An Artist Transforms Shredded George Washingtons Into Barack Obama

The humble dollar bill is an impressive statement

A single dollar bill won’t get you far in today’s world—it won’t cover a gallon of gas, a subway swipe, a cup of coffee most places. But it remains, as artist Mark Wagner explains, “the most ubiquitous piece of paper in America.” Brooklyn-based Wagner is a collage artist who creates portraits, natural scenes, politcal images, and more by repurposing one dollar bills. And by repurposing, we mean he cuts legal tender into tiny pieces, then carefully shapes iconic images and moments with a fascinating flair.

His pieces range in size from 2 by 4 inches to 8 by 6 feet (plus one replica of the Statue of Liberty that was 17 feet tall). He sells his art through Pavel Zoubok gallery and pieces cost anywhere from a couple hundred dollars for the tiniest, business card-sized pieces to $5000 to $10,000 for a 12 by 16 inch piece to six figures for even larger pieces (prices are available upon request from the gallery). For us mere mortals, he sells posters and books of his work on his website starting at $20.

For Wagner, the currency has become such a part of his canvas, he reminds himself that “it’s something people worry about, it’s something people fight over.” With his art, Wagner strips the dollar of its symbolic worth, and gives it a whole new value.

See more of Mark Wagner’s art by visiting his website at

via Real Time with Bill Maher / YouTube and The Late Late Show with James Corden / YouTube

A controversial editorial on America's obesity epidemic and healthcare by comedian Bill Maher on his HBO show "Real Time" inspired a thoughtful, and funny, response by James Cordon. It also made for a great debate about healthcare that Americans are avoiding.

At the end of the September 6th episode of "Real Time, " Maher turned to the camera for his usual editorial and discussed how obesity is a huge part of the healthcare debate that no one is having.

"At Next Thursday's debate, one of the candidates has to say, 'The problem with our healthcare system is Americans eat shit and too much of it.' All the candidates will mention their health plans but no one will bring up the key factor: the citizens don't lift a finger to help," Maher said sternly.

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There is no shortage of proposals from the, um, what's the word for it… huge, group of Democratic presidential candidates this year. But one may stand out from the pack as being not just bold but also necessary; during a CNN town hall about climate change Andrew Yang proposed a "green amendment" to the constitution.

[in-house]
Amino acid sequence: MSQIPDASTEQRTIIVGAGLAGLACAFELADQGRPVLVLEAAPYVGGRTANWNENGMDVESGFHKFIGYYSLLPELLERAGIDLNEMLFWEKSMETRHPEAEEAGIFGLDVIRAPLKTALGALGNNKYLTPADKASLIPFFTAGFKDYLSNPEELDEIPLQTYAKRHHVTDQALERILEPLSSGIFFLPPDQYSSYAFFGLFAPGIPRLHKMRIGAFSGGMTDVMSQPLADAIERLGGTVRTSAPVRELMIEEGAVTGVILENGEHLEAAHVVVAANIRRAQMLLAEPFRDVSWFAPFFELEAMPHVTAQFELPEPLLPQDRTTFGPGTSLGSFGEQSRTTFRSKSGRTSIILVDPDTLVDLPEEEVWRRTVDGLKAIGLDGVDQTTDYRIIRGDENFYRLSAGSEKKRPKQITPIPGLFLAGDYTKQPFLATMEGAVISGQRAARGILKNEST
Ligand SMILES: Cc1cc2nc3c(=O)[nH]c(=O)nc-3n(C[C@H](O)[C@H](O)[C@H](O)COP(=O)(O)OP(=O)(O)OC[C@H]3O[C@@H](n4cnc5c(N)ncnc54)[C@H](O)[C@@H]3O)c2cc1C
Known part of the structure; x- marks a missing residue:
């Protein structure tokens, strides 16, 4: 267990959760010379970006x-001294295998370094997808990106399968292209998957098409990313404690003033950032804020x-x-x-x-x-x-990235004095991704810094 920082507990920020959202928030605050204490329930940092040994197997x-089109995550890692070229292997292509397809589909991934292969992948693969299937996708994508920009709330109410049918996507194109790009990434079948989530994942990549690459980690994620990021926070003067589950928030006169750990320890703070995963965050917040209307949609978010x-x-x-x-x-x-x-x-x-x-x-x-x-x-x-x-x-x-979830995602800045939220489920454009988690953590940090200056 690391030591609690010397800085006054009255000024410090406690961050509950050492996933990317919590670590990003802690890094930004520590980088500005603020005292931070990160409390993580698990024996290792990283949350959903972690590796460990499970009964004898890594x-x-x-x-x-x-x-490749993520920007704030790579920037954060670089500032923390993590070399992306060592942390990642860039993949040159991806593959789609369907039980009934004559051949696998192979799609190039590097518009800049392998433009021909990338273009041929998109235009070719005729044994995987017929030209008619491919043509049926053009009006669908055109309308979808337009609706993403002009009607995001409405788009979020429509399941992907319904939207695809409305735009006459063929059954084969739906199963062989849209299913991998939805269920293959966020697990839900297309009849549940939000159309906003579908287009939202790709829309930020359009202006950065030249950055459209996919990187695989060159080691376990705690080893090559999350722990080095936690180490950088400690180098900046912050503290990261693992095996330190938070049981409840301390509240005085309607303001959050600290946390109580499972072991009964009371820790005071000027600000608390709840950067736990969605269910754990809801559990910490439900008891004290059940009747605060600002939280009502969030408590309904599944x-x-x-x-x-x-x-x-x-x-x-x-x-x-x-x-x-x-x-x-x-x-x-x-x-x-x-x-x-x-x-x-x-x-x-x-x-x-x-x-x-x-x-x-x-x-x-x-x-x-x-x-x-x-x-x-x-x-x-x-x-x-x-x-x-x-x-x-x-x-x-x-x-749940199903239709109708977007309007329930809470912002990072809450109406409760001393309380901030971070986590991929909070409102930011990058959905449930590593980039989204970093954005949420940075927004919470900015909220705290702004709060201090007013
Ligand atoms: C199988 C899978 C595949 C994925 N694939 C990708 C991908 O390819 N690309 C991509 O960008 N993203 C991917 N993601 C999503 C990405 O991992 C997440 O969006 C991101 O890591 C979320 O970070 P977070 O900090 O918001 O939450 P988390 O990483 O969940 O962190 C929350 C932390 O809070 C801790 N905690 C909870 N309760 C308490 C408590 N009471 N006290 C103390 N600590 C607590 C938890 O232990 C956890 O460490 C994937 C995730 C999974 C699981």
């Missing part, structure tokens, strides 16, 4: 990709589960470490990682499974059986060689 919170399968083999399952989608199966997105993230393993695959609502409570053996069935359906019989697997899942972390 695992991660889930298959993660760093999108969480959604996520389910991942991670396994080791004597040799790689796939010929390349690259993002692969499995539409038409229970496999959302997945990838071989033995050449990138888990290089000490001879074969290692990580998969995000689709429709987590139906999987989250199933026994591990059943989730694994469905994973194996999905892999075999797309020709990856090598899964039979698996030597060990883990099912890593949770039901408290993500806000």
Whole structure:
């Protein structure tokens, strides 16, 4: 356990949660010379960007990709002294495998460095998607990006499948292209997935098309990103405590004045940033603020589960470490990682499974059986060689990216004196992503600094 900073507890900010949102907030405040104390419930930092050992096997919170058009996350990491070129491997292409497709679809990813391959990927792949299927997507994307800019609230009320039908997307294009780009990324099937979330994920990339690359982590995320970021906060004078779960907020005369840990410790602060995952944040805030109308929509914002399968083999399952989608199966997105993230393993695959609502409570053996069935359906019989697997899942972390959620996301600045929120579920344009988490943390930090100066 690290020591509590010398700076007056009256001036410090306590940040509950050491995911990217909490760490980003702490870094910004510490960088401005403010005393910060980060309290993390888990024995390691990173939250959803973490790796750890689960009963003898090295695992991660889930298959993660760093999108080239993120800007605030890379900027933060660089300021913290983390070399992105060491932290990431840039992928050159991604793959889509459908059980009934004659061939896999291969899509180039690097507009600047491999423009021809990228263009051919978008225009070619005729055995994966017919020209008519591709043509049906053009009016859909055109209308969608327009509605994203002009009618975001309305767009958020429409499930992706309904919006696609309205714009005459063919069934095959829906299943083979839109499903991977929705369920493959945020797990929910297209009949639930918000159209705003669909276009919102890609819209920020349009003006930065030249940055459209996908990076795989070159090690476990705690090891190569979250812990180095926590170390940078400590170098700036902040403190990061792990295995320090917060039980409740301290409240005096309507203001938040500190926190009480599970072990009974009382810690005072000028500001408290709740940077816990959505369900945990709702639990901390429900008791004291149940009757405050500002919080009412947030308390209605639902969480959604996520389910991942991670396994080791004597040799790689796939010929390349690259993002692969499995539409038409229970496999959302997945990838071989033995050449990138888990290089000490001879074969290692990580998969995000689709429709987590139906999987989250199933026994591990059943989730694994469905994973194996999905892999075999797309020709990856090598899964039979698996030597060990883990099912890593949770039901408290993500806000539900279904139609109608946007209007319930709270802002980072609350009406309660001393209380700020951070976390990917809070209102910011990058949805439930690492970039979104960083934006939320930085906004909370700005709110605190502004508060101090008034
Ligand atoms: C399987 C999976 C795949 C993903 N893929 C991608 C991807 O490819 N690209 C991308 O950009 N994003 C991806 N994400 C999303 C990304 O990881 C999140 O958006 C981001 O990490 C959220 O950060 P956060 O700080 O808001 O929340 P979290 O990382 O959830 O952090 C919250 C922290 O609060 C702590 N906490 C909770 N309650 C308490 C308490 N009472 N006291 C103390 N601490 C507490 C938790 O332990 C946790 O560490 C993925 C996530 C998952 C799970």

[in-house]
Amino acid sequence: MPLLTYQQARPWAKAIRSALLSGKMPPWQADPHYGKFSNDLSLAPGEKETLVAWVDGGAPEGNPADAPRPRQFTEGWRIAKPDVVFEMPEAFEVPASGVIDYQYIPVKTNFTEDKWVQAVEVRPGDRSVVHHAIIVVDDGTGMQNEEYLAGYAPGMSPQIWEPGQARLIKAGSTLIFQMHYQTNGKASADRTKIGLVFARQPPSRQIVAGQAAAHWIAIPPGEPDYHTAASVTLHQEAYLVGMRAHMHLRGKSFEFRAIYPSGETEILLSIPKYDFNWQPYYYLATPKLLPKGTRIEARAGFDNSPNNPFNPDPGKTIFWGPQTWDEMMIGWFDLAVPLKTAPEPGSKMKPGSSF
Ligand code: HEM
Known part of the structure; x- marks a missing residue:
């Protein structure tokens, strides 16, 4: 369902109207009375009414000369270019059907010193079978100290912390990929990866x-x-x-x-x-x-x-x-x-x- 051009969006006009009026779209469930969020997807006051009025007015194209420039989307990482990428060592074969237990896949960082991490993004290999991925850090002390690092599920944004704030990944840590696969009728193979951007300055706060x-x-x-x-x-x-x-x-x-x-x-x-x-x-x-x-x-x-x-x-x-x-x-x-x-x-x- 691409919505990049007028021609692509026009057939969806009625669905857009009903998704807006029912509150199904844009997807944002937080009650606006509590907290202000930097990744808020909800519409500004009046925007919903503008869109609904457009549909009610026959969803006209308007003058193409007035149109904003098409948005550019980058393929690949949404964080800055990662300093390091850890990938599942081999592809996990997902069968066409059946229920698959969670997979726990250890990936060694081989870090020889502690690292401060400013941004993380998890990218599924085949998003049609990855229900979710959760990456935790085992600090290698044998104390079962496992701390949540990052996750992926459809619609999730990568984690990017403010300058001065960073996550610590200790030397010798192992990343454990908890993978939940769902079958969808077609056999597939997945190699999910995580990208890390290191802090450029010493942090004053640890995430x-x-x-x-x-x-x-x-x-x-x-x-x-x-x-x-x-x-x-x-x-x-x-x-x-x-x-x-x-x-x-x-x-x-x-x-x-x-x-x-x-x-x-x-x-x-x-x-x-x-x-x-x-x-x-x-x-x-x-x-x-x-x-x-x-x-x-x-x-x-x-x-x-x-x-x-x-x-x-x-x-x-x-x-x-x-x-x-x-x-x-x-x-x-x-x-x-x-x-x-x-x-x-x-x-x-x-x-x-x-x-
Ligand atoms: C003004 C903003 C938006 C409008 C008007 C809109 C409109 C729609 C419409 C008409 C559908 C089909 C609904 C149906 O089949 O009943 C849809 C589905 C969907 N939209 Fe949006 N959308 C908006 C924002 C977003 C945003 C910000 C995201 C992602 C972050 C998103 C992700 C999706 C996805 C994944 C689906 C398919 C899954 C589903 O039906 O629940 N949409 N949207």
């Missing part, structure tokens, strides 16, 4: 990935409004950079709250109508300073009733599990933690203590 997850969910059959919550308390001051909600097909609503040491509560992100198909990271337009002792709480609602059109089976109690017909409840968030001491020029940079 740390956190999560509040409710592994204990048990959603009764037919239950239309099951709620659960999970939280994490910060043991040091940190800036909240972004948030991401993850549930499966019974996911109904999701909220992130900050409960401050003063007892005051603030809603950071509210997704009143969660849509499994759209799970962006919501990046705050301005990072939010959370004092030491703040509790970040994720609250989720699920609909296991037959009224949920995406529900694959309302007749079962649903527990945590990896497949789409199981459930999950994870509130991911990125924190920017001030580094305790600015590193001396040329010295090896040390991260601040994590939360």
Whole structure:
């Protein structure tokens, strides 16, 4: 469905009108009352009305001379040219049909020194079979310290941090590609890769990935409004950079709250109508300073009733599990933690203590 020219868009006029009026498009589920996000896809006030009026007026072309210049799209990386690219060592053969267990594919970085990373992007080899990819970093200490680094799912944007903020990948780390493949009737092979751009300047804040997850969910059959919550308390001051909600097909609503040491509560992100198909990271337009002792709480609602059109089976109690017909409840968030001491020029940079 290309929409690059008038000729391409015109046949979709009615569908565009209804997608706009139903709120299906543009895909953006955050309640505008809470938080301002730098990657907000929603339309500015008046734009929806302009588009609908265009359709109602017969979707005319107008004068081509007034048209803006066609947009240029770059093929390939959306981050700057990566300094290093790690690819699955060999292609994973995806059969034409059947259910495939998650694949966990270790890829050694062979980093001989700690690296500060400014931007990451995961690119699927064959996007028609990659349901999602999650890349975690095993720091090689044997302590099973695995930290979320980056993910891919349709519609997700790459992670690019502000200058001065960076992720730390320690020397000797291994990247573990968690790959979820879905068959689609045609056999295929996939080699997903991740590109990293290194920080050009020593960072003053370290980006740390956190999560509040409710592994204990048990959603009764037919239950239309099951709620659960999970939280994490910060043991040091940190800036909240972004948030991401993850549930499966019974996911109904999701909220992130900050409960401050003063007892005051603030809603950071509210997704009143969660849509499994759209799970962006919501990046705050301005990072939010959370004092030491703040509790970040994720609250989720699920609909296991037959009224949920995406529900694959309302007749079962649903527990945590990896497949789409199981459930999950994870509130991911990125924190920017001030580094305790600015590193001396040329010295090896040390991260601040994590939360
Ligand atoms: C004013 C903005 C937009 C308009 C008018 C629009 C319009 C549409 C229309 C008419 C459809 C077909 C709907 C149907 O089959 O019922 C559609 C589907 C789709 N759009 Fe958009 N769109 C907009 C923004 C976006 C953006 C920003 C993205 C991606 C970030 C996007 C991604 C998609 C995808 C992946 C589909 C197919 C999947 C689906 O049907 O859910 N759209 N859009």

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Me Too Kit

The creator of the Me Too kit — an at home rape kit that has yet to hit the market — has come under fire as sexual assault advocates argue the kit is dangerous and misleading for women.

The kit is marketed as "the first ever at home kit for commercial use," according to the company's website. "Your experience. Your kit. Your story. Your life. Your choice. Every survivor has a story, every survivor has a voice." Customers will soon be able order one of the DIY kits in order to collect evidence "within the confines of the survivor's chosen place of safety" after an assault.

"With MeToo Kit, we are able to collect DNA samples and other tissues, which upon testing can provide the necessary time-sensitive evidence required in a court of law to identify a sexual predator's involvement with sexual assault," according to the website.

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Villagers rejoice as they receive the first vaccines ever delivered via drone in the Congo

The area's topography makes transporting medicines a treacherous task.

Photo by Henry Sempangi Senyule

When we discuss barriers to healthcare in the developed world, affordability is commonly the biggest concern. But for some in the developing world, physical distance and topography can be the difference between life and death.

Widjifake, a hard-to-reach village in northwestern Democratic Republic of Congo (DRC) with a population of 6,500, struggles with having consistent access to healthcare supplies due to the Congo River and its winding tributaries.

It can take up to three hours for vehicles carrying supplies to reach the village.

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via Keith Boykin / Twitter

Fox News and President Trump seem like they may be headed for a breakup. "Fox is a lot different than it used to be," Trump told reporters in August after one of the network's polls found him trailing for Democrats in the 2020 election.

"There's something going on at Fox, I'll tell you right now. And I'm not happy with it," he continued.

Some Fox anchors have hit back at the president over his criticisms. "Well, first of all, Mr. President, we don't work for you," Neil Cavuto said on the air. "I don't work for you. My job is to cover you, not fawn over you or rip you, just report on you."

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